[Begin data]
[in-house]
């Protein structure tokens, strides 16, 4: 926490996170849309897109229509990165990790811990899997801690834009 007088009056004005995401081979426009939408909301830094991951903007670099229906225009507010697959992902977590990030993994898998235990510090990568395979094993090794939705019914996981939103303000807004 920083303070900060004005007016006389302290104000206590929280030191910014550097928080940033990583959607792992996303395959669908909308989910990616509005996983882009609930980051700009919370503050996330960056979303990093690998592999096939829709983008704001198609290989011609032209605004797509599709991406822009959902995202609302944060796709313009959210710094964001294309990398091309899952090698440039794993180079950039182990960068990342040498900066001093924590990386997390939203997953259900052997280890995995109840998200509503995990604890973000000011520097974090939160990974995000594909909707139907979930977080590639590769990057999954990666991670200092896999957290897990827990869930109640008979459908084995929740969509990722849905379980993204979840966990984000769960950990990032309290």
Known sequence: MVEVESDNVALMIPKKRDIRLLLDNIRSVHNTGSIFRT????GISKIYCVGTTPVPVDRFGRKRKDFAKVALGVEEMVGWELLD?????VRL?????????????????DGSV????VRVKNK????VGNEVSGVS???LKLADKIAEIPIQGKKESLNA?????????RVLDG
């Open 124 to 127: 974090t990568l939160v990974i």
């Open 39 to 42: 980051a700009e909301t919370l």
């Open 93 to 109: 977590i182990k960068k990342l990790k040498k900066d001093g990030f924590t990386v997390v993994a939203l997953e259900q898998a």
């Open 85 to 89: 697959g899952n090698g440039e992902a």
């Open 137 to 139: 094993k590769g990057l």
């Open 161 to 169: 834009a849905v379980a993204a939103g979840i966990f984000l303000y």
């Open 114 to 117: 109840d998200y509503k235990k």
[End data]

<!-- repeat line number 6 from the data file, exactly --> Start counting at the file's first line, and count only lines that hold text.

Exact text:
């Open 93 to 109: 977590i182990k960068k990342l990790k040498k900066d001093g990030f924590t990386v997390v993994a939203l997953e259900q898998a």